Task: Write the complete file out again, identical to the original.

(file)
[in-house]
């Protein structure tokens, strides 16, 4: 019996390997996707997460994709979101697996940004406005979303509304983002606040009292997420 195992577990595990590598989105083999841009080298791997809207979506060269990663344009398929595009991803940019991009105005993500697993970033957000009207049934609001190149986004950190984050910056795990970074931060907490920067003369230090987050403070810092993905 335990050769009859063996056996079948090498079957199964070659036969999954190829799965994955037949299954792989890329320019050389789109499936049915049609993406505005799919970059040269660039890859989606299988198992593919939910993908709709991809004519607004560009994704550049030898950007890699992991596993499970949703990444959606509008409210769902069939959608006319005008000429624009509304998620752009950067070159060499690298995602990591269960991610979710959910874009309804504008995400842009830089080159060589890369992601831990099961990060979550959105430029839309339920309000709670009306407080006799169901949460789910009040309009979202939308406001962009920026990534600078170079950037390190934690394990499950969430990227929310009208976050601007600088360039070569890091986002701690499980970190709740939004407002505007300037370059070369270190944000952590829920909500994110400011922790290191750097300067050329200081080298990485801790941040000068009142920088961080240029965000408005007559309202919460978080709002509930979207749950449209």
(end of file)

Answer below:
[in-house]
């Protein structure tokens, strides 16, 4: 019996390997996707997460994709979101697996940004406005979303509304983002606040009292997420 195992577990595990590598989105083999841009080298791997809207979506060269990663344009398929595009991803940019991009105005993500697993970033957000009207049934609001190149986004950190984050910056795990970074931060907490920067003369230090987050403070810092993905 335990050769009859063996056996079948090498079957199964070659036969999954190829799965994955037949299954792989890329320019050389789109499936049915049609993406505005799919970059040269660039890859989606299988198992593919939910993908709709991809004519607004560009994704550049030898950007890699992991596993499970949703990444959606509008409210769902069939959608006319005008000429624009509304998620752009950067070159060499690298995602990591269960991610979710959910874009309804504008995400842009830089080159060589890369992601831990099961990060979550959105430029839309339920309000709670009306407080006799169901949460789910009040309009979202939308406001962009920026990534600078170079950037390190934690394990499950969430990227929310009208976050601007600088360039070569890091986002701690499980970190709740939004407002505007300037370059070369270190944000952590829920909500994110400011922790290191750097300067050329200081080298990485801790941040000068009142920088961080240029965000408005007559309202919460978080709002509930979207749950449209």